RUNNING, RETIREMENT, SAVING

#running #retirement, #RaceForRetirement

Road races have become a popular fund raiser for charities.

The Susan G. Komen Foundation’s Race for the Cure has raised millions for breast cancer research, for example.

In its advertising, Prudential Wealth Management has taken a different tack on running to raise funds. It shows a Race For Retirement, in which the runners pledge to put a certain percentage of their income toward their retirement.

If you are one of those in which running a race motivates you to do something, this idea might appeal.

If you are disciplined enough to train for road races to win them, this also might appeal.

But saving for retirement requires a different sort of discipline. One must pledge to save a certain amount from his paycheck every time, without fail, a check is paid. Also, one must be disciplined enough not to touch the money until he reaches the proper age. It also requires the discipline to manage the money, often with trusted professional help.

Many people at or near retirement age today do not have enough money to retire comfortably. Obviously, some circumstances have inhibited their progress. One cannot control what an employer will do to an employee. One cannot control what markets will do to diligently-saved money. But many are not where they want to be financially because they did not have the proper discipline.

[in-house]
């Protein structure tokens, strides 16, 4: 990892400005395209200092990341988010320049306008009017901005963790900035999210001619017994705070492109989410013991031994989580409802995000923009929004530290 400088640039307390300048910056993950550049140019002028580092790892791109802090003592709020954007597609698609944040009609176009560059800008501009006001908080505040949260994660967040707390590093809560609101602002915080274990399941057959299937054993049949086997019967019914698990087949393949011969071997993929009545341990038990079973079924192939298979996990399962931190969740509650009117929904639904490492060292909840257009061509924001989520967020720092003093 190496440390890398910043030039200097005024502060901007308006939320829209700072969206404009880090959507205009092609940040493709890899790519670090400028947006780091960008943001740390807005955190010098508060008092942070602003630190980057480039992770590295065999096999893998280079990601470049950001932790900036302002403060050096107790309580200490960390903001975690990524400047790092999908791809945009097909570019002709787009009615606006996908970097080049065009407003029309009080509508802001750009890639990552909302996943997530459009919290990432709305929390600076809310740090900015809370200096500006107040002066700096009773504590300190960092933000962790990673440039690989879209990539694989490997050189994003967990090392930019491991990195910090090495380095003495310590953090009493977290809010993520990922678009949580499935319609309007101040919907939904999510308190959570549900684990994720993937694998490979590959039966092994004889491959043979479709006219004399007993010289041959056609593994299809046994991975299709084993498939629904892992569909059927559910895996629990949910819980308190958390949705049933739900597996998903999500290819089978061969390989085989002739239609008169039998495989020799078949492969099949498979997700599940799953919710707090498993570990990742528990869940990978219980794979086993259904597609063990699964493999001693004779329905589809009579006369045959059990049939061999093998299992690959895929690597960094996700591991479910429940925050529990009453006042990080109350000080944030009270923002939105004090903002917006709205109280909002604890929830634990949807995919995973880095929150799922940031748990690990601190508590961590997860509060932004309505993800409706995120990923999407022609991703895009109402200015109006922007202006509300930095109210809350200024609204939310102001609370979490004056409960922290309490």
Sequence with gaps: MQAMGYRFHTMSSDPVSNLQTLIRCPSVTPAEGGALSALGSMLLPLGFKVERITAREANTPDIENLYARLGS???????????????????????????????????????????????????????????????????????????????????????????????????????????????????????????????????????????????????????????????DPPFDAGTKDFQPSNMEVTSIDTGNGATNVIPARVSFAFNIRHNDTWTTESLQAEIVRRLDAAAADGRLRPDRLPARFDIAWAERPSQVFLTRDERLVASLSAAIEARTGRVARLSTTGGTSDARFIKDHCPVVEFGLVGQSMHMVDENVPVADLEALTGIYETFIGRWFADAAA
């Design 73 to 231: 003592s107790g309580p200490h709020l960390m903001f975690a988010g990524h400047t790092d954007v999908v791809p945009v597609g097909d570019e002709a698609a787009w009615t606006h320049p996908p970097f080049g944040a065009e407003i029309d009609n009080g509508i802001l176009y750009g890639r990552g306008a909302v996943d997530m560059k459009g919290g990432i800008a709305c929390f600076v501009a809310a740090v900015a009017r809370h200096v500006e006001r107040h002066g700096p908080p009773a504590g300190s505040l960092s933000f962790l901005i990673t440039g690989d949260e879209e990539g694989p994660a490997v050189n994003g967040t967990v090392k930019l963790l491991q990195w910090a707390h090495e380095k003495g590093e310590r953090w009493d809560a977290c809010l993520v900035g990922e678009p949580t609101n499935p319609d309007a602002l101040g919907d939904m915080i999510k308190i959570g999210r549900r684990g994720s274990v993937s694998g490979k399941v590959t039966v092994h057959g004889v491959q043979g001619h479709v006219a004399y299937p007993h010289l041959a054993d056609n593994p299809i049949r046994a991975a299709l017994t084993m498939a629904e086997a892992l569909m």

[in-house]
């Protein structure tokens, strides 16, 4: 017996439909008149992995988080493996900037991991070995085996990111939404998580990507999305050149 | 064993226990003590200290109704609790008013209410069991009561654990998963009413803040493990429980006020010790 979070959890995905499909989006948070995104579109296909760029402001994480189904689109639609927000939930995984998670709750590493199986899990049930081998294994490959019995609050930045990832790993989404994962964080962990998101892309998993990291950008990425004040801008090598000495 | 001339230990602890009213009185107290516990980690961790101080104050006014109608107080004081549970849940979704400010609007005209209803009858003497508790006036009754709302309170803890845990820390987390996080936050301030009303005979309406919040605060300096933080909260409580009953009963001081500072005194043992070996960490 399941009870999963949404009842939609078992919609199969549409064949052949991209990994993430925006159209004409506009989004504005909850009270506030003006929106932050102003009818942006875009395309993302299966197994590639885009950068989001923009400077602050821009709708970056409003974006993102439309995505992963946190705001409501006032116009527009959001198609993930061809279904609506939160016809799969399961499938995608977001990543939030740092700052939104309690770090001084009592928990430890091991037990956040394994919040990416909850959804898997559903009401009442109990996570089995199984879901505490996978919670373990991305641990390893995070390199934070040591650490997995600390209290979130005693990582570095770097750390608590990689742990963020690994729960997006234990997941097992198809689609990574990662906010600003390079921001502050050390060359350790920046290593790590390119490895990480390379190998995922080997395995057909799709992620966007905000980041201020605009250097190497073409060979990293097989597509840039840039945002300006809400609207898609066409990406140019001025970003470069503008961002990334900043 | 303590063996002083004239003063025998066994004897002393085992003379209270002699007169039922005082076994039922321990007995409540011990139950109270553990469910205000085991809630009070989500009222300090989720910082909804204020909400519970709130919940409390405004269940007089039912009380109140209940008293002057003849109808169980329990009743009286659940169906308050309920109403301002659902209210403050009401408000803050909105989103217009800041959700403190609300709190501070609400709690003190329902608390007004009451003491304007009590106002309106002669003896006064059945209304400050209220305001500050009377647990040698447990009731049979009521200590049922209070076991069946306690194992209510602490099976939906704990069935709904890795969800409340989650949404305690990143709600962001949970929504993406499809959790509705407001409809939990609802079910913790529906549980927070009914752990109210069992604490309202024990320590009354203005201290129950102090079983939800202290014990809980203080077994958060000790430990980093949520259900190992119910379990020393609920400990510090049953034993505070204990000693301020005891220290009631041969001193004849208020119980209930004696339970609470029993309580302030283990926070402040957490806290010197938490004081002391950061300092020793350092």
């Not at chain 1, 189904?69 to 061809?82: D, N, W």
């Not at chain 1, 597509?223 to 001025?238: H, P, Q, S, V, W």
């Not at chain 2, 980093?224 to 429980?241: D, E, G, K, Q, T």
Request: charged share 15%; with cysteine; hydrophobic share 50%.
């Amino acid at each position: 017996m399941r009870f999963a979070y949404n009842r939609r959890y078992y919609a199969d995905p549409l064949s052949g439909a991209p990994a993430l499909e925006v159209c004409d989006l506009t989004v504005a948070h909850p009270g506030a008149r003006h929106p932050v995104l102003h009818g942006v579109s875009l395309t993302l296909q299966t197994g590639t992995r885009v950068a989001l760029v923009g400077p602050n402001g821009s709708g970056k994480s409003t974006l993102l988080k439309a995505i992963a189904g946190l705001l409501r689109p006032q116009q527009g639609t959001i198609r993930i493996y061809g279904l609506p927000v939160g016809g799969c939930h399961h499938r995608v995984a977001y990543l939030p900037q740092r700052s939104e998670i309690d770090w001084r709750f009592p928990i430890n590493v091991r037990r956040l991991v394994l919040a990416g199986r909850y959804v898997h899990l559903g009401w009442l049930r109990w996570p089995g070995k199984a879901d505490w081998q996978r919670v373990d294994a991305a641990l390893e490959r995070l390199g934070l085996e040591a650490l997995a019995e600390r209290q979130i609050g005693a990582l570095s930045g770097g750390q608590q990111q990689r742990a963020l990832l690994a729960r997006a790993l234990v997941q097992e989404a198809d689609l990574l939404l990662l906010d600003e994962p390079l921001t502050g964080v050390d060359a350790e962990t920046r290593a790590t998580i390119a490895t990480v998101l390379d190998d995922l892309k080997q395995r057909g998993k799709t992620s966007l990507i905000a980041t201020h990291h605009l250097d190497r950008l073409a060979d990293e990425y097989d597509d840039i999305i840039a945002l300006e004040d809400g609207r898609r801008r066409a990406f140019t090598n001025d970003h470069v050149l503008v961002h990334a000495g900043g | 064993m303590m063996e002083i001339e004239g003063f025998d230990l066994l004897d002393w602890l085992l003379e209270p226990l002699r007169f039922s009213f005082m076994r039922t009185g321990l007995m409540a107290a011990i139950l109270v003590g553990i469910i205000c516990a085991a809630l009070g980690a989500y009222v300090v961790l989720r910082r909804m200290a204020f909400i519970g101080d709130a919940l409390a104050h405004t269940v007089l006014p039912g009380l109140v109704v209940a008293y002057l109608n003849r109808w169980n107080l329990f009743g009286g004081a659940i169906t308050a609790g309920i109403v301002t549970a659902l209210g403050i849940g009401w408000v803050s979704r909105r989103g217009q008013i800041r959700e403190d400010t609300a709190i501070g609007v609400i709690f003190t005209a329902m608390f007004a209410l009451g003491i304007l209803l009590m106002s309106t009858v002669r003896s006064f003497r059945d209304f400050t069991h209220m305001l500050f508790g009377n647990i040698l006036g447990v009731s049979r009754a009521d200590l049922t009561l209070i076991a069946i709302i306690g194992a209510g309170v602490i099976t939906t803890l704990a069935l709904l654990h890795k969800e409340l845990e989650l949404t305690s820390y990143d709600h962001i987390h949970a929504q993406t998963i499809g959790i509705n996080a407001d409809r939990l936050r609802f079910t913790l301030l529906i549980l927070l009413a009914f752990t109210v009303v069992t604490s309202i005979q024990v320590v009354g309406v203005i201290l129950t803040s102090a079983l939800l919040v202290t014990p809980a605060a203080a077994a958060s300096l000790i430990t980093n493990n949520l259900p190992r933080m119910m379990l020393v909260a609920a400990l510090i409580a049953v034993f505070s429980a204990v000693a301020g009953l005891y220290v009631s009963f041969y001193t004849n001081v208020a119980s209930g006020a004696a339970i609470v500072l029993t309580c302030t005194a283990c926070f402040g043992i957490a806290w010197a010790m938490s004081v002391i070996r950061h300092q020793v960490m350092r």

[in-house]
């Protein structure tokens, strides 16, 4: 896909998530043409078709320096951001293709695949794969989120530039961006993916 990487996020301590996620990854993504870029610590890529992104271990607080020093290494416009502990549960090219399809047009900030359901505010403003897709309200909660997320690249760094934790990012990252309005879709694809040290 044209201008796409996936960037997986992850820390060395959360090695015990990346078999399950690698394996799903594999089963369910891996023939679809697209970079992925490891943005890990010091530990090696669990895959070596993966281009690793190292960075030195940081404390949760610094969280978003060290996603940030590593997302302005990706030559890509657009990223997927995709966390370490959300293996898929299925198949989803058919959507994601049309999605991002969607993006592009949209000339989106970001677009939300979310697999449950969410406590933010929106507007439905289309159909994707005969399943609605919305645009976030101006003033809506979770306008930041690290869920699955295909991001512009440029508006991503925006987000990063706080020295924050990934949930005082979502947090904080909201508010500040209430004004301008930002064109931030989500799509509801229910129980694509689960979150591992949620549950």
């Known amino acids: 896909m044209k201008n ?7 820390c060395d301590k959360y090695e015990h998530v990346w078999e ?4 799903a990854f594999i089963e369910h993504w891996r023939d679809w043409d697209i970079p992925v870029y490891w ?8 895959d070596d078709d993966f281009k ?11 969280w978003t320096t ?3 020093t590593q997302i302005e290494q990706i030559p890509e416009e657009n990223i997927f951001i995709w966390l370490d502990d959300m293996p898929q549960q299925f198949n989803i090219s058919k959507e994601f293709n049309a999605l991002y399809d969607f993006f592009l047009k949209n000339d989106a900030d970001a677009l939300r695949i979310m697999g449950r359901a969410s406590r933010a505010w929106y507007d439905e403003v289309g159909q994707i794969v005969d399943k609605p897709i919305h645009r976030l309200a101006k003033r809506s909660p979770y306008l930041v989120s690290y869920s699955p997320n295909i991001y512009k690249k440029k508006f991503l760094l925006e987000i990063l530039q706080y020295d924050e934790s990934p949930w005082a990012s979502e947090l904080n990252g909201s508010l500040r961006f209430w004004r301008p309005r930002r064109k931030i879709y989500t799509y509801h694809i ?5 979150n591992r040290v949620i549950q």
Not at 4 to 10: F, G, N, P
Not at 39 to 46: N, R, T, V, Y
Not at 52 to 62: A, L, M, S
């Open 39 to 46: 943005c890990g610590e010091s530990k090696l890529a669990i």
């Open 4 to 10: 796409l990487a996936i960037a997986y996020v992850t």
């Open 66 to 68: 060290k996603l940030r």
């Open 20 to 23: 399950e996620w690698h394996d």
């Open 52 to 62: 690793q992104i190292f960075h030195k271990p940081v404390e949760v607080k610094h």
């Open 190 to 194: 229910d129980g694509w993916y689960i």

Many of us don’t have the interest, and, therefore, the discipline to train for road races. But we all should have the discipline to look after our own financial futures.

As teenagers, we often get jobs to save money for specific purposes, i.e. a college education. We expect those savings to be tapped out by graduation.

As young adults, we should make a pact to take a certain amount of our paychecks to put away into investments for retirement. We may only be able to afford, say, $5 a week at first. A technique to augment that is to add any pay raises to that amount, and learn to live on our original salaries. Some may say that’s easier said than done, and it certainly is. That does not make it undoable.

Life circumstances also change. Some of us get married, have children etc. A disciplined person does not let circumstances ruin goals. Circumstances change, so the disciplined person adjusts tactics to mesh with those circumstances. The disciplined person also doesn’t create circumstances that would ruin his or her goals.

Disciplined people also look for ways to save money on things they need to buy. They may also look for ways to earn extra income to augment their savings.

There are many ways out there to do one or the other. For a way to do both, visit www.bign.com/pbilodeau.

Often, to get something good, one must sacrifice. One must forgo present pleasantries for future enjoyment. Disciplined people NEVER expect the future to be given to them. They ALWAYS expect that a good future requires planning, and doing little things consistently over time, without fail.

Darren Hardy’s book, “The Compound Effect,” illustrates that success comes not from one or two “big things,” but from a lot of little things, plus time.

The lesson: be disciplined. Do lots of good, little things that may be painless, or may even deprive you of some present pleasure. You may need some good advice to select those good little things, so make sure you trust who is advising you.

If running a race will help motivate you, lace up your sneakers and go for it.

Peter

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